True Review Movie - Ki and Kaby Niharika Puri April 3 2016, 5:46 pm Estimated Reading Time: 2 mins, 52 secs
Cast: Kareena Kapoor Khan, Arjun Kapoor, Swaroop Sampat, Rajit Kapoor
Direction: R. Balki
Produced: R. Balki, R K Damani, RakeshJhunjhunwala, Sunil Lulla.
What is that regressive adage about women wearing the pants in the house? Kia (Kareena Kapoor Khan) wears them in and out of her messy apartment, navigating the corporate jungle and climbing the dog-eat-dog world with relative ease. Her career is a priority, which is why she shuns the idea of a marriage. She manages with her social worker mother (Swaroop Sampat), who manages four NGOs. Both are equally inept in household work and kitchen duties by society's decreed standard for women.
Kabir (Arjun Kapoor) walks in, segway parked, singlet on and charm intact to clean up the mess. He aspires to be nothing more than an "artist" like his mother, well-versed in the art of housekeeping and homemaking. Kabir transforms the ladies' apartment into a large-clocked, railway station with toy trains acting as food trays in the living room and serving no real purpose in their bedroom (not that we know of, at least). He is happy to be behind-the-scenes, while his wife sports wings towards corporate Vice President-ship, even as she is initially hesitant to reveal the true nature of her unconventional marriage.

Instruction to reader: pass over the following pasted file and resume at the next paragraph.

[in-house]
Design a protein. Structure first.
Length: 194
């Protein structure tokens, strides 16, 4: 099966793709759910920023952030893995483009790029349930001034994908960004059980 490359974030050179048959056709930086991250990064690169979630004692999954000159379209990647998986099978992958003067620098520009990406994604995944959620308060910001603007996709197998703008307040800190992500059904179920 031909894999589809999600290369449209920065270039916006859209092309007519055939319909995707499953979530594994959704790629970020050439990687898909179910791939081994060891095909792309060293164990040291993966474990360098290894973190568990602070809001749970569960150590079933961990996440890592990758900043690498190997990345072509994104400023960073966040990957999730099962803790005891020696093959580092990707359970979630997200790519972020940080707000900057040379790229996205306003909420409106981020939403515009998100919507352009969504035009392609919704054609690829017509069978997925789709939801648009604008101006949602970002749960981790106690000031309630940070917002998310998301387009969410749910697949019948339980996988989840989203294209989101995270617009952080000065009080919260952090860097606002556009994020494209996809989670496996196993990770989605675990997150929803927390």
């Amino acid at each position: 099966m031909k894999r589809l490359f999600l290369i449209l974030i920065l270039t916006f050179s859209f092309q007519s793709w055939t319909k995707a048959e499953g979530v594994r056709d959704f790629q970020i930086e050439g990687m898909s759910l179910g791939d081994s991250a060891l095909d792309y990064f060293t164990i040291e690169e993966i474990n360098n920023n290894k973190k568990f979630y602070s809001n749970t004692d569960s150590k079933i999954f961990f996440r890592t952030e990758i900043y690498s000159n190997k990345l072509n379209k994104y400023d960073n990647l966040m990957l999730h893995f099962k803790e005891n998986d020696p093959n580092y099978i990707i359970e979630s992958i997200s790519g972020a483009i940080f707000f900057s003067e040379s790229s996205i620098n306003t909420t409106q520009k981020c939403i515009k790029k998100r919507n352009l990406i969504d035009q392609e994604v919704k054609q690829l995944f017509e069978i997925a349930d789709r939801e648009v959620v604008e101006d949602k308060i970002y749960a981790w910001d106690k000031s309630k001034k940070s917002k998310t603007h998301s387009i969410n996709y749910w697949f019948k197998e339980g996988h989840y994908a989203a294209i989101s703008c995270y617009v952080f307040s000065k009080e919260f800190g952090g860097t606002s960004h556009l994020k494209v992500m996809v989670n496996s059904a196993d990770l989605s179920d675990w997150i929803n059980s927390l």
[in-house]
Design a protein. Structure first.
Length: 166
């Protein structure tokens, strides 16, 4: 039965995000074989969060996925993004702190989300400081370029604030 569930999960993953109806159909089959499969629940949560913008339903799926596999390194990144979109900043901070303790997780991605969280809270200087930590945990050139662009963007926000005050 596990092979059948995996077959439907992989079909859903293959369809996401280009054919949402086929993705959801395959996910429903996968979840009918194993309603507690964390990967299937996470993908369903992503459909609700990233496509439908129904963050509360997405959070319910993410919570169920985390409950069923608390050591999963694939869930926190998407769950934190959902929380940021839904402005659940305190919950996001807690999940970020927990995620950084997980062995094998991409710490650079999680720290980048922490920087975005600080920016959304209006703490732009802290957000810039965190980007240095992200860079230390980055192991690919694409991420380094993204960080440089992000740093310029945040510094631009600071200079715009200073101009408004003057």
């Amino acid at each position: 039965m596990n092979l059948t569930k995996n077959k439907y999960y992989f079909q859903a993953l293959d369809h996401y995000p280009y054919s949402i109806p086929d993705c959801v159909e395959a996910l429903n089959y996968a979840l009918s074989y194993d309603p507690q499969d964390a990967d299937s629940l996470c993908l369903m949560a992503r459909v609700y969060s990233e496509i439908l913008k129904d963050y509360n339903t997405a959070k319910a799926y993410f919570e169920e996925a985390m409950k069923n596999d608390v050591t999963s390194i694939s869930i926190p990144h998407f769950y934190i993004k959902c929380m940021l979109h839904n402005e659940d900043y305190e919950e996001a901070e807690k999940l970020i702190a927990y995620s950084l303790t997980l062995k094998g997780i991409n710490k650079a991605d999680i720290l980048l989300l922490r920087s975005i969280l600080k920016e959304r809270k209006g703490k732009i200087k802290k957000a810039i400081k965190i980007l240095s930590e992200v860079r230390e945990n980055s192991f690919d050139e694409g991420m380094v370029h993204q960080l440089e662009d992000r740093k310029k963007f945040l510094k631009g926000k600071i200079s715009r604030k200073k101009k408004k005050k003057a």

The tables are turned and the tide changes when Kabir's duties, at first mocked, gain admiration and the man himself gets prominence in ways that he did not imagine. Nor did Kia and so the cracks begin to form in their relationship. Somewhere amidst the rising tensions, Amitabh and Jaya Bachchan have a cameo where they talk about the leads' unorthodox arrangement. Mr. Bachchan does ask a pertinent question - "Do they have children?" It is a crucial factor in relationship dynamics, which the film does not delve into since it is established at the outset that Kia is not keen on kids.
Also, a pregnancy scare gets her hysterical enough to believe that it will ruin her career. Kia does get frantic and insecure in the second half, in contrast to Kabir's calm yet injured responses to her conduct. It all looks odd, since Kia seems like the composed, reasoning one in contrast to the more emotional Kabir. The personas trade places, just like the circumstances of their success, though somewhere it feels a little excessive and out-of-character. It seems like Kia is the petty-minded initiator of each fight, while Kabir is the silent victim. The routine gets irritating with Kia whimpering on a couple of occasions that she did not mean what she said.
Ki and Ka is peppered with some fun moments like when Kia unplugs the music system at her friend's wedding to make a statement about marriage equality over a fake phone call, Kabir spying on the househelp and the Ki-Ka breezy romance in the first half. On paper, Ki and Ka is a great concept which somehow becomes a predictable marital drama despite the potential of a plot being much larger.
Thematically, it is more about the balance of power between a couple - who earns what and how much. Superficially, it throws in Kabir sporting a mangalsutra on his wrist or wearing high heels for a song, which is the counterpart of the aforementioned 'women wearing pants' attribution to gender.
It may not be an absolute, must-watch piece of cinema but it is not insufferable fare should you stroll in for a weekend watch.